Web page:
Durham, North Carolina – Depletion of a specific type of stem cell in the endometrium during pregnancy may be a significant factor behind a miscarriage, according to a study released today in Stem Cells. The study, conducted by researchers at Warwick Medical School, University of Warwick, Coventry, England, indicates that recurrent pregnancy loss is a result of the loss of precipitant cells preceding pregnancy.
“This raises the possibility that it can be harnessed to prevent pregnancy disorders,” said corresponding author Jan J. Brosens, MD, professor of obstetrics and gynecology at Warwick Medical School (WMS).
The endometrium – or endometrium – is a highly regenerative tissue that is capable of adopting various physiological states during childbearing years. In the second half of the menstrual cycle when progesterone levels are high, the endometrium begins to be remodeled more intensively, heralding the start of a short period during which the embryo can be implanted. Pregnancy depends on this transformation, a process called the decidua, because it is driven by the differentiation of endometrial cells into specialized decidual cells. These cells transfer the necessary plasticity to the tissues to accommodate the rapid growth of the fetus.
“While the magnitude of tissue remodeling required for conception makes it likely that balanced progenitors and highly proliferating proliferating progenitor cells are critical in forming a strong maternal-fetal interface, the mechanisms underlying this are unclear,” said Dr. Prosins.
The same team recently described the presence of a separate group of highly proliferating stromal cells (hPMC) during the implantation window. Stem / mesenchymal stem cells can be isolated from bone marrow, fat, and other tissue sources, and they can differentiate into a variety of cell types depending on the culture conditions in which they are grown. In this latest study, the research team set out to characterize hPMCs.
“Our findings indicate that hPMC is derived from stem cells derived from bone marrow and recruited into the endometrium at the time of the embryo implantation. These cells appear crucial in pregnancy to accommodate the rapid growth of the placenta.” Dr Bruinsens said. “We also found that these rare but highly specialized cells were depleted in the endometrium in women with repeated pregnancies.”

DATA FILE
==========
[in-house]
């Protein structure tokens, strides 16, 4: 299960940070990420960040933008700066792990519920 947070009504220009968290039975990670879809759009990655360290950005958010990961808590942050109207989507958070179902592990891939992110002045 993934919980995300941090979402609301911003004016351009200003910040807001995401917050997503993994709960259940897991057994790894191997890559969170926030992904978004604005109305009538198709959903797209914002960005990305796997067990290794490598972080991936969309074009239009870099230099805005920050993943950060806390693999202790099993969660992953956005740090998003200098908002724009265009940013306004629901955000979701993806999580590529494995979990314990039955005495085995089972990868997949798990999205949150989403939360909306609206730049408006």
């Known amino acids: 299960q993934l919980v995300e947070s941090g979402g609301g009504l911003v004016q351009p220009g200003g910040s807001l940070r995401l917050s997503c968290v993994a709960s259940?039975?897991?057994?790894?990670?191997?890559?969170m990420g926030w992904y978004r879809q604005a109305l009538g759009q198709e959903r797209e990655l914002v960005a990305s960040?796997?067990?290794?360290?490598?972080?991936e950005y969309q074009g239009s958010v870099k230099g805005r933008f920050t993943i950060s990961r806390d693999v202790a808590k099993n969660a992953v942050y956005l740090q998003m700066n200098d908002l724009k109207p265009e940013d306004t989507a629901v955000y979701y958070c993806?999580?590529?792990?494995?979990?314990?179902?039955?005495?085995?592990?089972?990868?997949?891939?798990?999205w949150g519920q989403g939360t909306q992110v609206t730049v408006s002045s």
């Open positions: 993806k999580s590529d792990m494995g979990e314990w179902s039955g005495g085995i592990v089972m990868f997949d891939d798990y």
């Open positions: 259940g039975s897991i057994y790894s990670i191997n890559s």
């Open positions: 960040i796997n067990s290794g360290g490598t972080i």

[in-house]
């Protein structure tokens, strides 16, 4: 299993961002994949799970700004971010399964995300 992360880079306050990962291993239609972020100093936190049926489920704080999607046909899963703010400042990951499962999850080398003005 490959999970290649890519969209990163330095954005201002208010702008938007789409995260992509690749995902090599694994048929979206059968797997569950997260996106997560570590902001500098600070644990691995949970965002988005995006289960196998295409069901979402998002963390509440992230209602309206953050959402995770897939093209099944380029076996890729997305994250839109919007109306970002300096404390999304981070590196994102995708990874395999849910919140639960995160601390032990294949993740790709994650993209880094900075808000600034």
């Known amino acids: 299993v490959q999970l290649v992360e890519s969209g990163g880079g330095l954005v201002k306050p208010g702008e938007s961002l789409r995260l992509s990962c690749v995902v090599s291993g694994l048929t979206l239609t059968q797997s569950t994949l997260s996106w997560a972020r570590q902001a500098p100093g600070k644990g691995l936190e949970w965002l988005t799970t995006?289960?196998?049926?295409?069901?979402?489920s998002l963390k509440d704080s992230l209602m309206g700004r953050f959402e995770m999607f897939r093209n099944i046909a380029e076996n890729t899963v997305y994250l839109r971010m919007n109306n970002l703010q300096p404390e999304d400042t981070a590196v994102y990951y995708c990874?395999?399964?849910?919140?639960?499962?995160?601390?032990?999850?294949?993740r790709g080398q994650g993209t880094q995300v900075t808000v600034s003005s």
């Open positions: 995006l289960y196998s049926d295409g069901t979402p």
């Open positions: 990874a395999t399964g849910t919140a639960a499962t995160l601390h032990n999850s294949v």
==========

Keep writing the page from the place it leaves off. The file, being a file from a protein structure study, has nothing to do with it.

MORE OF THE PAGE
Siobhan Quinby, MD, FRCOG, Professor of Obstetrics and Honorary Counsel at Coventry University Hospitals, Warwickshire and University of Warwick, was part of the research team. “These are very exciting results,” she said. We have already demonstrated that we can augment these highly proliferating cells in the endometrium before pregnancy. These new findings explain why these highly proliferating cells are so important to prevent miscarriage and possibly spontaneous preterm labor, two devastating pregnancy disorders that affect so many women and couples around the world.
Dr.. Yan Nolta, Editor-in-Chief of the magazine Stem Cells“This flagship study begins to find answers to a very worrying problem in pregnancy disorders and gives insight into understanding the factors that can contribute to pregnancy loss. We are very excited to be able to publish these important findings,” he said.
The study involved the recruitment of women attending the Tommy National Center for Abortion Research at Coventry University Hospital and Warwickshire National Health Service in England, with support from the Wellcome Trust.
The full article, “Characterization of highly proliferating progenitor cells during implantation window in human endometriosis” can be accessed at https://www.facebook.com/group
About the magazine: Stem Cells, A peer-reviewed journal published monthly that provides a forum for the immediate publication of original investigative research and summary reviews. The journal covers all aspects of stem cells: embryonic stem cells / pluripotent stem cells. Tissue-specific stem cells; Cancer stem cells the niche of stem cells the epigenetics of stem cells, genomics and proteomics; And localized and clinical research. Stem Cells It is jointly published by AlphaMed Press and Wiley.
About AlphaMed Press: Founded in 1983, AlphaMed Press with offices in Durham, North Carolina, San Francisco, California, and Belfast, Northern Ireland, publishes three world-famous peer-reviewed magazines with globally recognized editorial boards dedicated to advancing the knowledge and education in their focus . Majors. Stem Cells® is the first magazine in the world dedicated to this fast-paced field of research. Oncologist® Dedicated to oncologists, clinicians in the community and hospital charged with caring for cancer patients. Stem Cells Translated Medicine® Dedicated to advancing significantly the clinical use of both molecular and cellular biology of stem cells. By connecting stem cell research and clinical trials, SCTM will help move the applications of these important investigations closer to accepted best practices.
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